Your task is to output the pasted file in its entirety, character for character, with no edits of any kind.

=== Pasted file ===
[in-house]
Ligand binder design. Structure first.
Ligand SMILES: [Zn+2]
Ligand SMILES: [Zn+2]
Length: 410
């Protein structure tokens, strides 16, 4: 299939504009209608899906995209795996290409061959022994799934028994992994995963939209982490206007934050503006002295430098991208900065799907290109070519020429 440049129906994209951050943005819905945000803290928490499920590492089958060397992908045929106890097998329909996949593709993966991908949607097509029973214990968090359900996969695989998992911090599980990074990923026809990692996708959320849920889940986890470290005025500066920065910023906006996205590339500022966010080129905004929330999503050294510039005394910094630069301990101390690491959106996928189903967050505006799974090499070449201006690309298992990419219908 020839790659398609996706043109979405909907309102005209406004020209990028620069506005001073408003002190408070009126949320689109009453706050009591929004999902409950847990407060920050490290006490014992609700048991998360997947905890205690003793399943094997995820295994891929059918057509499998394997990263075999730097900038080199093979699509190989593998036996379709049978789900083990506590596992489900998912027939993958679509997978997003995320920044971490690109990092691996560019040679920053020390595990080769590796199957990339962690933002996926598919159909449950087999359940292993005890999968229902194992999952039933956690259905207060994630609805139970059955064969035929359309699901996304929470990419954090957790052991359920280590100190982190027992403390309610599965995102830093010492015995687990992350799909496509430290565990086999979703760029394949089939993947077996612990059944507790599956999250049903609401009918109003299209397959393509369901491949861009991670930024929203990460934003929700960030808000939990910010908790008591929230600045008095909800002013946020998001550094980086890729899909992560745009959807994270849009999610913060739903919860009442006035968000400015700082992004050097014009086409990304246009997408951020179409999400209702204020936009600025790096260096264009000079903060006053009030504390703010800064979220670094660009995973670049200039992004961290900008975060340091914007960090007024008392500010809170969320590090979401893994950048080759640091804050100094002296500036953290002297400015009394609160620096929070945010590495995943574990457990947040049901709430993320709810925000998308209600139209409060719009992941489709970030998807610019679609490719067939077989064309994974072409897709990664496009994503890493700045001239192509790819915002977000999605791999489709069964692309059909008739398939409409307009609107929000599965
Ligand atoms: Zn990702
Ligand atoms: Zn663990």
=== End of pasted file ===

[in-house]
Ligand binder design. Structure first.
Ligand SMILES: [Zn+2]
Ligand SMILES: [Zn+2]
Length: 410
């Protein structure tokens, strides 16, 4: 299939504009209608899906995209795996290409061959022994799934028994992994995963939209982490206007934050503006002295430098991208900065799907290109070519020429 440049129906994209951050943005819905945000803290928490499920590492089958060397992908045929106890097998329909996949593709993966991908949607097509029973214990968090359900996969695989998992911090599980990074990923026809990692996708959320849920889940986890470290005025500066920065910023906006996205590339500022966010080129905004929330999503050294510039005394910094630069301990101390690491959106996928189903967050505006799974090499070449201006690309298992990419219908 020839790659398609996706043109979405909907309102005209406004020209990028620069506005001073408003002190408070009126949320689109009453706050009591929004999902409950847990407060920050490290006490014992609700048991998360997947905890205690003793399943094997995820295994891929059918057509499998394997990263075999730097900038080199093979699509190989593998036996379709049978789900083990506590596992489900998912027939993958679509997978997003995320920044971490690109990092691996560019040679920053020390595990080769590796199957990339962690933002996926598919159909449950087999359940292993005890999968229902194992999952039933956690259905207060994630609805139970059955064969035929359309699901996304929470990419954090957790052991359920280590100190982190027992403390309610599965995102830093010492015995687990992350799909496509430290565990086999979703760029394949089939993947077996612990059944507790599956999250049903609401009918109003299209397959393509369901491949861009991670930024929203990460934003929700960030808000939990910010908790008591929230600045008095909800002013946020998001550094980086890729899909992560745009959807994270849009999610913060739903919860009442006035968000400015700082992004050097014009086409990304246009997408951020179409999400209702204020936009600025790096260096264009000079903060006053009030504390703010800064979220670094660009995973670049200039992004961290900008975060340091914007960090007024008392500010809170969320590090979401893994950048080759640091804050100094002296500036953290002297400015009394609160620096929070945010590495995943574990457990947040049901709430993320709810925000998308209600139209409060719009992941489709970030998807610019679609490719067939077989064309994974072409897709990664496009994503890493700045001239192509790819915002977000999605791999489709069964692309059909008739398939409409307009609107929000599965
Ligand atoms: Zn990702
Ligand atoms: Zn663990």